In 2004, two pop stars were involved in 'Nipplegate'. They faced radically different consequences.

On February 1, 2004, the stage was set for the Super Bowl halftime performance.  

Choreographers, lighting technicians, musicians, back up dancers, sound technicians and stage managers had spent weeks planning and coordinating a five-minute show that would be broadcast around the world. 

Every single detail had been planned and double and triple checked. 

Then two well-known recording artists stepped onto the stage. 

The first pop star was music royalty. She'd grown up in a famous musical family and had been topping the charts as a solo artist for over 20 years. The second pop star was a former boy band member, who was shaking off his wholesome image and breaking out on his own. 

By the end of the performance, the former would be blacklisted by the industry that had embraced her for over two decades, and the latter would enjoy a meteoric rise up the charts and into the hearts of fans all over the world. 

WATCH: Oprah's interview with Janet Jackson. Post continues below. 

The pop stars in question, Janet Jackson and Justin Timberlake, would forever be tied to "Nipplegate" and its fallout.

But it wouldn't be until almost 20 years later that we would look back on that moment and really question why it ruined one star's career and catapulted the other into further stardom. 

On that night in February 2004, Jackson had been performing for three and a half minutes when Timberlake joined her on stage. Together, they performed a small chunk of his 2002 hit 'Rock Your Body'. Jackson sang and danced on stage, as Timberlake danced around her with his iconic 'white boy getting down in cargo pants' moves. In the closing moments, as Timberlake sang the lyrics "Bet I'll have you naked by the end of this song", he reached his right arm across the front of Jackson's body and pulled a section of her costume off, revealing her right breast.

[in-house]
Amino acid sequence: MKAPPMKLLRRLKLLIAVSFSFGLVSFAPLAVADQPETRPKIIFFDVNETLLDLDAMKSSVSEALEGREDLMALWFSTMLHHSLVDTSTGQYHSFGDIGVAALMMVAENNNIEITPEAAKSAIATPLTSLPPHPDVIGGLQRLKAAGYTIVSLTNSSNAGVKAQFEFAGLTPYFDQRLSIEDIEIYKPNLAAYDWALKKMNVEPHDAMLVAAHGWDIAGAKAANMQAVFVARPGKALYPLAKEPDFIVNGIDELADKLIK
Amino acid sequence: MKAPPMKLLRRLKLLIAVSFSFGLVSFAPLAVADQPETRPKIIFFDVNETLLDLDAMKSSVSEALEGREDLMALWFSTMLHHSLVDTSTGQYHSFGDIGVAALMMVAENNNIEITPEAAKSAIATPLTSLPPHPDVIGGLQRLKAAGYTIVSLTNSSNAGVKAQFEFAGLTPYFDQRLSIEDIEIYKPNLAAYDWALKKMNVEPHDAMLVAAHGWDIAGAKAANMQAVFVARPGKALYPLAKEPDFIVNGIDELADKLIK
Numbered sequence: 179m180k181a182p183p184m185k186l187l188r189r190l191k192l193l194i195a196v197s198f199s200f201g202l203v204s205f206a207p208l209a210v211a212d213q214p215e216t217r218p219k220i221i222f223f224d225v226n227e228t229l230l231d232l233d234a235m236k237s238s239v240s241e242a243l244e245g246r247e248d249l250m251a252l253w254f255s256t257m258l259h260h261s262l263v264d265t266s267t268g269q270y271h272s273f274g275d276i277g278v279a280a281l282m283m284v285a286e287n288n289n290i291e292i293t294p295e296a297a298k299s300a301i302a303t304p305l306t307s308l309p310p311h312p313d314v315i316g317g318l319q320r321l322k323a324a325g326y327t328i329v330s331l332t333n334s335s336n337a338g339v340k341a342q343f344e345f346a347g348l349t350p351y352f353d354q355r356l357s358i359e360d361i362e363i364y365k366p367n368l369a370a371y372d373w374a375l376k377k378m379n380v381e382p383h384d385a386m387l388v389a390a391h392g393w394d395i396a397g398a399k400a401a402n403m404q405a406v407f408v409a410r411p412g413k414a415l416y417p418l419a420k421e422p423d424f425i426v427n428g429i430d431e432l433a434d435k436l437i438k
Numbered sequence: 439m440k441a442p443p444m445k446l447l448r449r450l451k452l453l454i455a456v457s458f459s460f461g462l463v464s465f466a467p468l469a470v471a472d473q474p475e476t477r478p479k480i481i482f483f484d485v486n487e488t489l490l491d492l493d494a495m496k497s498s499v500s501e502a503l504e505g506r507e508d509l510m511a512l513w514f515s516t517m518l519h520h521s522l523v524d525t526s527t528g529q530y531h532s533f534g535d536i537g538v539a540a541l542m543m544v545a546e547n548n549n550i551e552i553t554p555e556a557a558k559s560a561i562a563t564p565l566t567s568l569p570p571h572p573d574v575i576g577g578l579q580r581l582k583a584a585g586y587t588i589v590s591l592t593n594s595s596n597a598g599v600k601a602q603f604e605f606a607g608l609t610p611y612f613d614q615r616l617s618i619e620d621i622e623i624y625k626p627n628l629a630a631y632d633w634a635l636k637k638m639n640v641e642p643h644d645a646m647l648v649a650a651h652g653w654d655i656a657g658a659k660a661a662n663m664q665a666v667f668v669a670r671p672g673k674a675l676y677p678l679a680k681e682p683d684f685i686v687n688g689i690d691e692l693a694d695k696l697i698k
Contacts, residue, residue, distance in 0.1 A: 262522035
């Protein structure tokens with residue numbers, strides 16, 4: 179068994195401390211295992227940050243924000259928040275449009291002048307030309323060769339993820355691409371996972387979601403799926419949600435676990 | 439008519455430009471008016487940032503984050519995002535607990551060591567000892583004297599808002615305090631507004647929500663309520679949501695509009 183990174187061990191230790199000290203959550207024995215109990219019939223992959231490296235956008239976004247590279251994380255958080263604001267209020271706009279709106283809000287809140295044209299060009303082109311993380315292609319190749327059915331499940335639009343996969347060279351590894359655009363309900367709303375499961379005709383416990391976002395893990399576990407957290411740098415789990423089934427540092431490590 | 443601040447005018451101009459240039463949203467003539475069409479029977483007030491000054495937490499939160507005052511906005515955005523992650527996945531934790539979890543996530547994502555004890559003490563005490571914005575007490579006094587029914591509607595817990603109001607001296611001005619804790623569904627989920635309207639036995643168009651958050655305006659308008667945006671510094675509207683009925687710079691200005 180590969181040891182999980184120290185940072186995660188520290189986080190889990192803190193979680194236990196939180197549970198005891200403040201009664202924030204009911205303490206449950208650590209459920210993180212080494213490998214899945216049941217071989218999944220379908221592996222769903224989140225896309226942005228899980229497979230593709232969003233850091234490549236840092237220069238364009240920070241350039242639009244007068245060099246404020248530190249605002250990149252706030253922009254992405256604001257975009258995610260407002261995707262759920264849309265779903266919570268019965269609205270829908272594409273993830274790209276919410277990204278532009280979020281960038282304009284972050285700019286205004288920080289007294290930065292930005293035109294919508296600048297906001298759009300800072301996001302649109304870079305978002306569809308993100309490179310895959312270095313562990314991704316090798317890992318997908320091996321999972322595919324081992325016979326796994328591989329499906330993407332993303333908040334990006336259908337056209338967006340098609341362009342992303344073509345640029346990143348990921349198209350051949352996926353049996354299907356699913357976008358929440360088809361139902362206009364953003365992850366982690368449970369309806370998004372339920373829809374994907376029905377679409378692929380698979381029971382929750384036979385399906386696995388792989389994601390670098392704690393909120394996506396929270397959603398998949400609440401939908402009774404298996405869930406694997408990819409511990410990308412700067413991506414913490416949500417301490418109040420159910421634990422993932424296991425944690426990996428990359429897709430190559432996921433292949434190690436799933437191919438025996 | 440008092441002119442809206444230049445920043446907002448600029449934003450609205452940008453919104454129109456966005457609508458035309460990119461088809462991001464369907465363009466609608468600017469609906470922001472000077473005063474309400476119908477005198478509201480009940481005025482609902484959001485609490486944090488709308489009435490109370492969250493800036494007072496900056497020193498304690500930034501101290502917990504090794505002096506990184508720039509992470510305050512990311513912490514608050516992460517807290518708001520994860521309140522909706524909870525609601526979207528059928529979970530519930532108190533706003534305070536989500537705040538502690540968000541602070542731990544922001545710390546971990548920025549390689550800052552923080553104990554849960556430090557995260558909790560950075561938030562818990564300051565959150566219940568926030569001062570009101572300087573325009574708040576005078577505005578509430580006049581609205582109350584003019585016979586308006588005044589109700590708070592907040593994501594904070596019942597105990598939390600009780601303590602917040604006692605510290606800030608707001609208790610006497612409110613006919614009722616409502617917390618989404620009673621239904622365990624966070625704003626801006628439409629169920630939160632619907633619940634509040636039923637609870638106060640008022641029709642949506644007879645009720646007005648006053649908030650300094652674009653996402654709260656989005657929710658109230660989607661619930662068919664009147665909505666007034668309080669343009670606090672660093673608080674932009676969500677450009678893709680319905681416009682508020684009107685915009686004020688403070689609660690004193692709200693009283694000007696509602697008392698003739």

Jackson's shock was palpable when she realised her bare breast had just been broadcast to millions of people around the world. Timberlake seemed confused. This wasn't the intended outcome. 

We would later find out that Timberlake was only supposed to rip off the top layer of Jackson's costume, to reveal her red bra underneath. A "wardrobe malfunction'" was quickly blamed for leaving the singer exposed to the entire world. 

While "Nipplegate" could be traced back to a simple mistake, a wardrobe malfunction, a bare breast during a live TV event that was watched by millions of American families, and fans around the world, could not slip past unnoticed. 

The infamous "Nipplegate" moment. Image: Getty.  The public, the media and the people who had invested millions of dollars into the performance needed someone to blame. And in this instance, Jackson shouldered most of it. 


Twenty-four hours after the halftime performance, Jackson was forced to issue a public apology, absolving media partners MTV and CBS, the NFL, as well as Timberlake, of any responsibility. 

“My decision to change the Super Bowl performance was actually made after the final rehearsal. MTV, CBS, the NFL had no knowledge of this whatsoever, and unfortunately, the whole thing went wrong in the end. I am really sorry if I offended anyone. That was truly not my intention," she said in a piece to camera. 


Meanwhile, Timberlake joked about the incident during an interview with Access Hollywood. "Hey man, we love giving you all something to talk about!" he said.

The Federal Communications Commission received 500,000 complaints about the broadcast, CBS was fined $US550,000, and the NFL had to return the money they'd received from their biggest sponsor.

LISTEN: The glaring error in Justin Timberlake's apology. Post continues below.

Jackson was dis-invited from attending the Grammys the following weekend. She was blacklisted by Viacom (MTV) and CBS Radio and forced to resign from an ABC film. She was never invited to perform at the Super Bowl again.